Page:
For this year’s annual World Economic Forum, the city of Davos and ABB have teamed up in a long-term partnership to provide e-infrastructure for public and private transportation.
Davos residents and WEF guests can experience the pioneering TOSA bus for themselves. The award-winning TOSA bus, developed by ABB in Switzerland, is already in use in Geneva and will soon be implemented in the French city of Nantes. It can recharge its battery in just 20 seconds as passengers board and disembark. In Davos, it will operate on the busy Line 1, running from the tourist center to the hospital. This is the first time TOSA technology is being used in an Alpine region. The idea is to run the system under extreme winter weather conditions; ABB and its project partners expect to gain valuable insights from this pilot project.
In addition, electric cars transporting attendees around Davos will be able to recharge their batteries at eight newly installed ABB fast-charging stations.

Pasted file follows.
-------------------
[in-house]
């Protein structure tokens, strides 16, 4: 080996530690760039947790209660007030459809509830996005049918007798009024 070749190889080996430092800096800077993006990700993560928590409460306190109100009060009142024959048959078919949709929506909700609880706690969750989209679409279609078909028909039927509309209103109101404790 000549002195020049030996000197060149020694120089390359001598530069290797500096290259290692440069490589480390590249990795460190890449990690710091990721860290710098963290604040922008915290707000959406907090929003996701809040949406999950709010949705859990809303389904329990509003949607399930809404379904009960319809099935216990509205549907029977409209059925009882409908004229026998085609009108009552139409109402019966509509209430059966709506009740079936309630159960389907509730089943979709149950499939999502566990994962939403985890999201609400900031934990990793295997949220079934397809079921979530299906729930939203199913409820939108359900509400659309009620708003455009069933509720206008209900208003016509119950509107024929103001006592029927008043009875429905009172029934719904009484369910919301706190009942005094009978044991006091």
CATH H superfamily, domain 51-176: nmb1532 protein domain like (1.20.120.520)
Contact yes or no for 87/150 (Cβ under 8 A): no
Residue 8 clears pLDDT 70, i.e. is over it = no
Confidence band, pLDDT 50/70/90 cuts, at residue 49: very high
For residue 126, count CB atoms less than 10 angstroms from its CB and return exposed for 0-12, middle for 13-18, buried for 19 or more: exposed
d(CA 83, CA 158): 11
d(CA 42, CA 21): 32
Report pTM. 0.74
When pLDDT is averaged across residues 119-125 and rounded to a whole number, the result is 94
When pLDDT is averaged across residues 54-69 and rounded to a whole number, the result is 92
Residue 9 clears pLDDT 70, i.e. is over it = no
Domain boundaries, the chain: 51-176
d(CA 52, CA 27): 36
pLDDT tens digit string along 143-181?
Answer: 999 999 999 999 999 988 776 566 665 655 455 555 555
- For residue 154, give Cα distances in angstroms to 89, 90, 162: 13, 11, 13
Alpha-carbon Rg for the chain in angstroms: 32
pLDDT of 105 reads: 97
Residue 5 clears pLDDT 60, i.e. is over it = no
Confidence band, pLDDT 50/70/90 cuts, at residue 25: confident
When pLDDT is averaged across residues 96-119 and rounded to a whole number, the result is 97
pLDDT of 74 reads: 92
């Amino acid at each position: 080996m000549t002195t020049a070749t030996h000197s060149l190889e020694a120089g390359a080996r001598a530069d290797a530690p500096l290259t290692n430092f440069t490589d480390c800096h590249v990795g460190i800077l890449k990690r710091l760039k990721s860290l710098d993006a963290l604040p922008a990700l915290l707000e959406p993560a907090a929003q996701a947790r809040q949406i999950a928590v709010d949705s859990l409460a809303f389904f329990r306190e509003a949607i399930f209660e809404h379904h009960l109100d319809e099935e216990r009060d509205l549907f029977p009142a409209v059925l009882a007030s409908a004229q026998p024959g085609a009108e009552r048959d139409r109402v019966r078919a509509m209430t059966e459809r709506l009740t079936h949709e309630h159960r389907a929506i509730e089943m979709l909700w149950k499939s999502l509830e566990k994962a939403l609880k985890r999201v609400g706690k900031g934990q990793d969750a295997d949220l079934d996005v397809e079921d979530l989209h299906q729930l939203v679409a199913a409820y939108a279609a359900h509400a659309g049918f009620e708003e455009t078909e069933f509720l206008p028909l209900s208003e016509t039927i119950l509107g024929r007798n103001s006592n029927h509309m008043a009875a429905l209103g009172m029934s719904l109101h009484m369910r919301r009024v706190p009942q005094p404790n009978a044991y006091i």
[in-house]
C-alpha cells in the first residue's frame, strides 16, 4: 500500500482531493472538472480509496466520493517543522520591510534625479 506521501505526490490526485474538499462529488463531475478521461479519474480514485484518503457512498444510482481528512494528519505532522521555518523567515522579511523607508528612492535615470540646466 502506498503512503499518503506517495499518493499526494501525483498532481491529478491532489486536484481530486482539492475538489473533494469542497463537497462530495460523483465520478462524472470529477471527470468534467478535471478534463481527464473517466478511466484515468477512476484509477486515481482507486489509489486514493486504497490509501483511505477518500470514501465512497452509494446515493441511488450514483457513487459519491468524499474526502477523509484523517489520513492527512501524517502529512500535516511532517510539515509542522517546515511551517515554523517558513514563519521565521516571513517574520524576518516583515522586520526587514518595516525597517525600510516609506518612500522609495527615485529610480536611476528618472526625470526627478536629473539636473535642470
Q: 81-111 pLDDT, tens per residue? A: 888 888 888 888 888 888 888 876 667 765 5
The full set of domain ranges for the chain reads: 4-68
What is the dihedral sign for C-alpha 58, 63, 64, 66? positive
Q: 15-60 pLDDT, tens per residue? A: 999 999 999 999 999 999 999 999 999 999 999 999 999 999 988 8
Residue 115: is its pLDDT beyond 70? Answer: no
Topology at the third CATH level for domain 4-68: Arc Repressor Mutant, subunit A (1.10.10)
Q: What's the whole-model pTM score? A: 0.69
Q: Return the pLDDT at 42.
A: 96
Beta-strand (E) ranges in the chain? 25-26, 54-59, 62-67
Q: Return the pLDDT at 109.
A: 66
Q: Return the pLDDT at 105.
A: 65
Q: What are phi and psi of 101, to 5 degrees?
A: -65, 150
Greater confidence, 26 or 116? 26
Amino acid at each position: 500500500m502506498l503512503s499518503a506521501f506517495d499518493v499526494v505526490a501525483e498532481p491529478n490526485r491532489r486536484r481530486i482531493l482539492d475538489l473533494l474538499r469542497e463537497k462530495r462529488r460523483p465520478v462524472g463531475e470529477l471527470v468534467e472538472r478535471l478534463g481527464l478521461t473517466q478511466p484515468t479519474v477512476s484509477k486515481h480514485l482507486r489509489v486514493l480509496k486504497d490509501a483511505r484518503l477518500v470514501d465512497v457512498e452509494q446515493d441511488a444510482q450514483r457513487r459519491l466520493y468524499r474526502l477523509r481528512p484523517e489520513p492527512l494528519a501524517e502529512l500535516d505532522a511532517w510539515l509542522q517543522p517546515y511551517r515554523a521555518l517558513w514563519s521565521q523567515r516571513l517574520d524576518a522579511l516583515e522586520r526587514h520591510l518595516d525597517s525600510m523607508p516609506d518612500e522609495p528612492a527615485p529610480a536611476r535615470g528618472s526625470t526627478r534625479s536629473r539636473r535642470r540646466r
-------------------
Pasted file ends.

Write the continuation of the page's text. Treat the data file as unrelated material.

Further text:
Collectively, the TOSA e-bus and the charging stations provide a powerful, real-world demonstration of state-of-the-art sustainable transportation technologies, which are seeing increased deployment throughout the world as e-mobility becomes the driving force for bringing energy efficiency with low environmental impact to cars, buses, trains, ships and cable cars.
For e-cars, ABB is already the global leader in fast charging, with more than 6,000 stations installed in more than 50 countries. At Davos, world leaders will get to see the eight recently installed ABB Terra 53 charging stations in action. The ABB Terra 53 is the best-selling 50 kW DC charging station in Europe and North America, supporting the CCS, CHAdeMO and simultaneous 22 kW AC charging standards.
The same TOSA technology in use at Davos has been powering buses on Geneva’s bus line 23 airport route. They use overhead contacts that connect at selected stops along their routes to replenish their batteries in as little as 20 seconds, recharging as passengers board and exit. The environmentally friendly system in Geneva could ultimately cut carbon dioxide emissions by 1,000 tons annually.